Echo JS 0.11.0


xat comments

xat 549 days ago. link 0 point
The libraries/projects I mentioned were only those which quickly came to my mind. Probably we would need to inspect a larger dataset in order to get meaningful results on the topic.

IMHO the reason why alot of single person projects gain traction at all is because they tend to have nice APIs. APIs which developers enjoy using. This is because those single persons have a clear picture in their head about how their library should work.
That's also why TJ has so many popular projects (in my opinion). It's because he does a great job designing the APIs. Funny thing is that he is also an actual designer :)
xat 549 days ago. link 1 point
Nice story :)

Node was always nice to quickly show off something. I remember playing around with Node, the first time, in the end of 2009. Back then it already was clear that it will probably become huge.

I think that's often how new tech slowly sneaks itself into a company. Some developers playing around with it, talking about it at lunch, demonstrating that it is way more productiv than the previous solution. Then the technology gets used in some minor important project, after that maybe in some more important project, and so on.
Couple of years later, same thing happens with some newer technology.
xat 550 days ago. link 0 point
I don't think it plays that of a big role if a library was only created by a single person or not. Think of Node.JS, express, redis, Backbone.js, linux etc. They all became popular, despite the fact that they were created by a single person (at least at the beginning).
xat 551 days ago. link 2 points
Discussing React vs. Vue on the internet ist mostly a waste of time. People tend to be biasd towards their favorite library, like it is some sort of religious cult or something. I'm not excluding myself from this.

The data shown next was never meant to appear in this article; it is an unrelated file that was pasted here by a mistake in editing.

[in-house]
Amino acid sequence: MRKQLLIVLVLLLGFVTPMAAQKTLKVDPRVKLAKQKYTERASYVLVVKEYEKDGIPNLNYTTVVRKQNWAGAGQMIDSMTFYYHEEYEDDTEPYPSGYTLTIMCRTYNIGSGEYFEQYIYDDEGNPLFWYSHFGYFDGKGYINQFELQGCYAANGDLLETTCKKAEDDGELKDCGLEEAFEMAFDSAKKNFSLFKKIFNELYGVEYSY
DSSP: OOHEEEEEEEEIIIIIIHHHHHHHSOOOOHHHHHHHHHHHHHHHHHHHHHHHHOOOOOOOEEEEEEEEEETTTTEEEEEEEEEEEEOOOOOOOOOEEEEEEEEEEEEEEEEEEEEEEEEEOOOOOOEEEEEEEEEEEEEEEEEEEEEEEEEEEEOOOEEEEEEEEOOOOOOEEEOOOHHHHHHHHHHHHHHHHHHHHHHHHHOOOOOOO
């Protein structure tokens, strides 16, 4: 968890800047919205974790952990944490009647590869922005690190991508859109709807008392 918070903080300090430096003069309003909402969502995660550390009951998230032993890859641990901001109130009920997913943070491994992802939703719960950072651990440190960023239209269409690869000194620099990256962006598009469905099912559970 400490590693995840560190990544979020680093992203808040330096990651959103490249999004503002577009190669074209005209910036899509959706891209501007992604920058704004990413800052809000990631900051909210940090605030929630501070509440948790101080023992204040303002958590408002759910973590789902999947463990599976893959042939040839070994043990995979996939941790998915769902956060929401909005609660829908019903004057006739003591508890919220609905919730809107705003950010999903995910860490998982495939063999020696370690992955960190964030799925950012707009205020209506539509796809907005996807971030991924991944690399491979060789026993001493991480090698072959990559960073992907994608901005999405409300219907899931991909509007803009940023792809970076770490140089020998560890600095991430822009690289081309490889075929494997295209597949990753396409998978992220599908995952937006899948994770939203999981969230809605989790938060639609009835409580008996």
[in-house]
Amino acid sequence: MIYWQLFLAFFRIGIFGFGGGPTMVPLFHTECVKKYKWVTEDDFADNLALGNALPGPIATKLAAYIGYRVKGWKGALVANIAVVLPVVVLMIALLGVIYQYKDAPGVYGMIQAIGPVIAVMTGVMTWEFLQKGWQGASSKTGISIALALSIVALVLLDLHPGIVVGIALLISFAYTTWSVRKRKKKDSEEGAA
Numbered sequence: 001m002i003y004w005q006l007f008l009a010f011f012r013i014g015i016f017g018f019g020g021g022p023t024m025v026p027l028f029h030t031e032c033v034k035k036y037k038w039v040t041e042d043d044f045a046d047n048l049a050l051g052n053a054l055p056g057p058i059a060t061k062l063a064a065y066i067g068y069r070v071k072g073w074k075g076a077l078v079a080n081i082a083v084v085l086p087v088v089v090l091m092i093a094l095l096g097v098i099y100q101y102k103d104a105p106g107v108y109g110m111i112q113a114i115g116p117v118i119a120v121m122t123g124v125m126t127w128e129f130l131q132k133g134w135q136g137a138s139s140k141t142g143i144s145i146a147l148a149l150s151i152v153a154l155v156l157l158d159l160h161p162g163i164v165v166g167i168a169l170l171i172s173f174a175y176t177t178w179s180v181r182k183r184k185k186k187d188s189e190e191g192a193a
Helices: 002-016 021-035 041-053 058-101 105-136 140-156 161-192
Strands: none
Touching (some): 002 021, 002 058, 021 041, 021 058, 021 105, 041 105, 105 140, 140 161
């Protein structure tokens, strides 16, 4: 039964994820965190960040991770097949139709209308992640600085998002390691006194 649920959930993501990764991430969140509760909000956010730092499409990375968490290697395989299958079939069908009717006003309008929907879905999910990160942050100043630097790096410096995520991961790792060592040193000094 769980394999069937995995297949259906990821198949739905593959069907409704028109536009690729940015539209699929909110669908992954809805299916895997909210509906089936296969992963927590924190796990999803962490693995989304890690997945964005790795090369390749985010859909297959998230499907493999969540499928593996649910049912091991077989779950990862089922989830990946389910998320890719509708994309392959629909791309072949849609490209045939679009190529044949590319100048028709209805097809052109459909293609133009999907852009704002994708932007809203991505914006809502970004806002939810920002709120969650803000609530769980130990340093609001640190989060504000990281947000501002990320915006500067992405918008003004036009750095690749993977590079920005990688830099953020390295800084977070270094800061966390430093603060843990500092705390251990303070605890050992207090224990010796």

Maybe we would get better results if both groups were only allowed to write about the negativ parts of their favorite library.
xat 552 days ago. link 1 point
A similar example in React, using a Higher Order Component, would look somehow like this:

function createSurveyInput(SurveyComponent) {
  return (props) => (
    <div className="survey-base">
      <SurveyComponent {...props} />

const SurveyInputText = createSurveyInput((props) => (
  <input type="text" placeholder={props.placeholder} />
xat 579 days ago. link 1 point
Btw, the guy you are judging is a developer from the UK.
xat 580 days ago. link 1 point
If someone explicitly passes in "const opts = { name: null }" then I would argue that he wants name to be null and it should not be overwritten by what is defined in defaults. But I agree with you that there may be some (rare?) cases where some other behaviour is wanted.
xat 580 days ago. link 2 points
The way Object.assign is usually used is like this:

const opts = Object.assign({}, defaults, options);

It will fallback to the properties defined in defaults if they don't exist in options.

Nowadays you can also use destructering to achieve the same:

const opts = { ...defaults, ...options };
xat 580 days ago. link 1 point
You can check for the existence of a property with obj.hasOwnProperty('someProp').
xat 580 days ago. link 1 point
You are welcome to write your next blog post in german (without mistakes) ;-)

The guy you are judging is a junior developer from Serbia btw.